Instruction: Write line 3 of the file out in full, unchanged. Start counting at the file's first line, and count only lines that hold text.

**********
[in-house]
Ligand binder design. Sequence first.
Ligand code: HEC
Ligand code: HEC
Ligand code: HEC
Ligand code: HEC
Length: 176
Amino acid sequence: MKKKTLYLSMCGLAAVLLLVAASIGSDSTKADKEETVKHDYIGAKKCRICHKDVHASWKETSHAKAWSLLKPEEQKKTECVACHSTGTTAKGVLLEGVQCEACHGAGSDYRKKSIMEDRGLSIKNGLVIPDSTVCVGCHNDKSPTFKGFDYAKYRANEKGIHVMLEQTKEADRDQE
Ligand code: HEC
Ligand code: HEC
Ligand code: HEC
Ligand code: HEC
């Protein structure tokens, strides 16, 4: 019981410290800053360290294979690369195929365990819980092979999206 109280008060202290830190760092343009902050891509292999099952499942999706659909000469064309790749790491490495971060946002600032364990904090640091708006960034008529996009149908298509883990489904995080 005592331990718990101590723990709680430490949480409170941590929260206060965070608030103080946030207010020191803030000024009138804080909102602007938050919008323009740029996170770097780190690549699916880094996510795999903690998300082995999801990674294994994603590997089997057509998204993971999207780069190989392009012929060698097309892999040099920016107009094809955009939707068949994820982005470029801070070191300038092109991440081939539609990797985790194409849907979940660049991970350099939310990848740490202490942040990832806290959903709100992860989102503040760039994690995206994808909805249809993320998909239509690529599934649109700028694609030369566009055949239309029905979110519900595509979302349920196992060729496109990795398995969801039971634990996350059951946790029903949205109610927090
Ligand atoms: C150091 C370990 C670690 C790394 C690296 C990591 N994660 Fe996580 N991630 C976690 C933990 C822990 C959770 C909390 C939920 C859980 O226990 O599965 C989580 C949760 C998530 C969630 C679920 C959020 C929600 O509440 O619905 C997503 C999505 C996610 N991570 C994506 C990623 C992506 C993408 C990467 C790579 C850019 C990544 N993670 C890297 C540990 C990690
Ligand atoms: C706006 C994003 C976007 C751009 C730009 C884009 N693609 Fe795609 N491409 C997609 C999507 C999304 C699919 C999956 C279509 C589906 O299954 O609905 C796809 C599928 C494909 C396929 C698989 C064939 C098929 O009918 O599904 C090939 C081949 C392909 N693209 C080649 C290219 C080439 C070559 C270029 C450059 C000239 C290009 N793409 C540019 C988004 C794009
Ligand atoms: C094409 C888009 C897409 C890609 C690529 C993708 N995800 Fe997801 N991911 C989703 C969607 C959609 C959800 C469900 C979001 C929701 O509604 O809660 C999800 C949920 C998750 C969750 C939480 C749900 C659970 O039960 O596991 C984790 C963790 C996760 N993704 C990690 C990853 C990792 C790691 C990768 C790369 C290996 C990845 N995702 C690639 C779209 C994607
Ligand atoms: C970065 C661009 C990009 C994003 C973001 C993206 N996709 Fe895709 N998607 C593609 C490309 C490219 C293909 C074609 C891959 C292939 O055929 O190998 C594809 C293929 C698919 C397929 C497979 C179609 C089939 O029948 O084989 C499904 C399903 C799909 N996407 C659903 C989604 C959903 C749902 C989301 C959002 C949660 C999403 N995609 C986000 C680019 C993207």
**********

Ligand code: HEC